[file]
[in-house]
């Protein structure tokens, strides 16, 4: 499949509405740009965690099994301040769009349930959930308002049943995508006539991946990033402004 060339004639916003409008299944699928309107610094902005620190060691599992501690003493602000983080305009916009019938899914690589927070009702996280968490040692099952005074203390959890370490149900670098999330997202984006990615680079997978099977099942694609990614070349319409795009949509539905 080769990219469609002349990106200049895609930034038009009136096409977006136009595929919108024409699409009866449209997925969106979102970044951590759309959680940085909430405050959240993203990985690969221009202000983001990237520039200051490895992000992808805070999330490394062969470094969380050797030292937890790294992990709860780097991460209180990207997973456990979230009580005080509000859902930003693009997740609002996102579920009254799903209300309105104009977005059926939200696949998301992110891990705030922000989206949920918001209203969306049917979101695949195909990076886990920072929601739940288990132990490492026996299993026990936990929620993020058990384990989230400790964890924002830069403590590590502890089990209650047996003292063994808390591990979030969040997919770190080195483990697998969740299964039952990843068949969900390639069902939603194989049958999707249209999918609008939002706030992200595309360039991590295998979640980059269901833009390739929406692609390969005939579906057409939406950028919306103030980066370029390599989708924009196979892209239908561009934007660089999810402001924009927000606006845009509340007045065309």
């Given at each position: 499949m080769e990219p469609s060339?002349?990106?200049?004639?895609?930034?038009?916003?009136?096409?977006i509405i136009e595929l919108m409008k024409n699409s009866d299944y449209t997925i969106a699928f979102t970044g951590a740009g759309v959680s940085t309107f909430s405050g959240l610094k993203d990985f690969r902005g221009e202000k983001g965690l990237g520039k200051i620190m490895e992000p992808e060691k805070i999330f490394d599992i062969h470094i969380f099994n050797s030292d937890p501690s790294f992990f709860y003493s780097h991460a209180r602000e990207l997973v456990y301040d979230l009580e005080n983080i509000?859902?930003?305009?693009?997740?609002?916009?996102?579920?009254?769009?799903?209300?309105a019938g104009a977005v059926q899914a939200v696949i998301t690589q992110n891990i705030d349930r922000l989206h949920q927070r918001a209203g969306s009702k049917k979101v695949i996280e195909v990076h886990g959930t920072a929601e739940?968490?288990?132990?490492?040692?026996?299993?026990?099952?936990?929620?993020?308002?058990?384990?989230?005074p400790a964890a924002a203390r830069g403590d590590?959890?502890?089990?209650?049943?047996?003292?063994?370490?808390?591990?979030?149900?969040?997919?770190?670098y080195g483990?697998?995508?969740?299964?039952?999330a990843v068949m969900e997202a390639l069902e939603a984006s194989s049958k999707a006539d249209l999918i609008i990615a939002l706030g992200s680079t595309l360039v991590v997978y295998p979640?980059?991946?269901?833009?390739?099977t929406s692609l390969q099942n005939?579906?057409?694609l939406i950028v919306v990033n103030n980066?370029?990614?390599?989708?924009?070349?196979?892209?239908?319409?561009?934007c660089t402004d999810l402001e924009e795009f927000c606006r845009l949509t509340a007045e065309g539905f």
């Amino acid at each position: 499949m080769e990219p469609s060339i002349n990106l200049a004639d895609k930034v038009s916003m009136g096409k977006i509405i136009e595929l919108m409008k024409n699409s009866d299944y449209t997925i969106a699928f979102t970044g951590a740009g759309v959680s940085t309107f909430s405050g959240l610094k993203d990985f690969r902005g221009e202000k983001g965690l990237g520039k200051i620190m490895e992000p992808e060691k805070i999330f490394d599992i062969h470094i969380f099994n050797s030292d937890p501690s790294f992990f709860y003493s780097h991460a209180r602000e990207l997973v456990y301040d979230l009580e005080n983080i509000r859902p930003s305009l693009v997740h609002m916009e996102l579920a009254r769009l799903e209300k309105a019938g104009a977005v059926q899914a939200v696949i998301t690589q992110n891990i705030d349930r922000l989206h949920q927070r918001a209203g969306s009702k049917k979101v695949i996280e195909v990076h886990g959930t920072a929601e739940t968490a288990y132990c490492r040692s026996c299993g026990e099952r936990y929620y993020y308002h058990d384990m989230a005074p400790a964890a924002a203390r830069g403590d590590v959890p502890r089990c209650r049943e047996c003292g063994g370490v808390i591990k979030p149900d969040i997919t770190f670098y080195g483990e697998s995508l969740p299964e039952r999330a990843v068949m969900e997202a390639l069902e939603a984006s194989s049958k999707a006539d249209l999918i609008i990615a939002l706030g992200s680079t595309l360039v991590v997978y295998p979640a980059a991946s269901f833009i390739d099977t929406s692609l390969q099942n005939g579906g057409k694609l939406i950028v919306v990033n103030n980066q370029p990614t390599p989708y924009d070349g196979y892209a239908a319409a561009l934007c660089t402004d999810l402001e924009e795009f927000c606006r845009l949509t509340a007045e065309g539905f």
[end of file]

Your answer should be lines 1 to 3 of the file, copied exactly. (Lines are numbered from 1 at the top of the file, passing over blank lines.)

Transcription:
[in-house]
């Protein structure tokens, strides 16, 4: 499949509405740009965690099994301040769009349930959930308002049943995508006539991946990033402004 060339004639916003409008299944699928309107610094902005620190060691599992501690003493602000983080305009916009019938899914690589927070009702996280968490040692099952005074203390959890370490149900670098999330997202984006990615680079997978099977099942694609990614070349319409795009949509539905 080769990219469609002349990106200049895609930034038009009136096409977006136009595929919108024409699409009866449209997925969106979102970044951590759309959680940085909430405050959240993203990985690969221009202000983001990237520039200051490895992000992808805070999330490394062969470094969380050797030292937890790294992990709860780097991460209180990207997973456990979230009580005080509000859902930003693009997740609002996102579920009254799903209300309105104009977005059926939200696949998301992110891990705030922000989206949920918001209203969306049917979101695949195909990076886990920072929601739940288990132990490492026996299993026990936990929620993020058990384990989230400790964890924002830069403590590590502890089990209650047996003292063994808390591990979030969040997919770190080195483990697998969740299964039952990843068949969900390639069902939603194989049958999707249209999918609008939002706030992200595309360039991590295998979640980059269901833009390739929406692609390969005939579906057409939406950028919306103030980066370029390599989708924009196979892209239908561009934007660089999810402001924009927000606006845009509340007045065309």
């Given at each position: 499949m080769e990219p469609s060339?002349?990106?200049?004639?895609?930034?038009?916003?009136?096409?977006i509405i136009e595929l919108m409008k024409n699409s009866d299944y449209t997925i969106a699928f979102t970044g951590a740009g759309v959680s940085t309107f909430s405050g959240l610094k993203d990985f690969r902005g221009e202000k983001g965690l990237g520039k200051i620190m490895e992000p992808e060691k805070i999330f490394d599992i062969h470094i969380f099994n050797s030292d937890p501690s790294f992990f709860y003493s780097h991460a209180r602000e990207l997973v456990y301040d979230l009580e005080n983080i509000?859902?930003?305009?693009?997740?609002?916009?996102?579920?009254?769009?799903?209300?309105a019938g104009a977005v059926q899914a939200v696949i998301t690589q992110n891990i705030d349930r922000l989206h949920q927070r918001a209203g969306s009702k049917k979101v695949i996280e195909v990076h886990g959930t920072a929601e739940?968490?288990?132990?490492?040692?026996?299993?026990?099952?936990?929620?993020?308002?058990?384990?989230?005074p400790a964890a924002a203390r830069g403590d590590?959890?502890?089990?209650?049943?047996?003292?063994?370490?808390?591990?979030?149900?969040?997919?770190?670098y080195g483990?697998?995508?969740?299964?039952?999330a990843v068949m969900e997202a390639l069902e939603a984006s194989s049958k999707a006539d249209l999918i609008i990615a939002l706030g992200s680079t595309l360039v991590v997978y295998p979640?980059?991946?269901?833009?390739?099977t929406s692609l390969q099942n005939?579906?057409?694609l939406i950028v919306v990033n103030n980066?370029?990614?390599?989708?924009?070349?196979?892209?239908?319409?561009?934007c660089t402004d999810l402001e924009e795009f927000c606006r845009l949509t509340a007045e065309g539905f």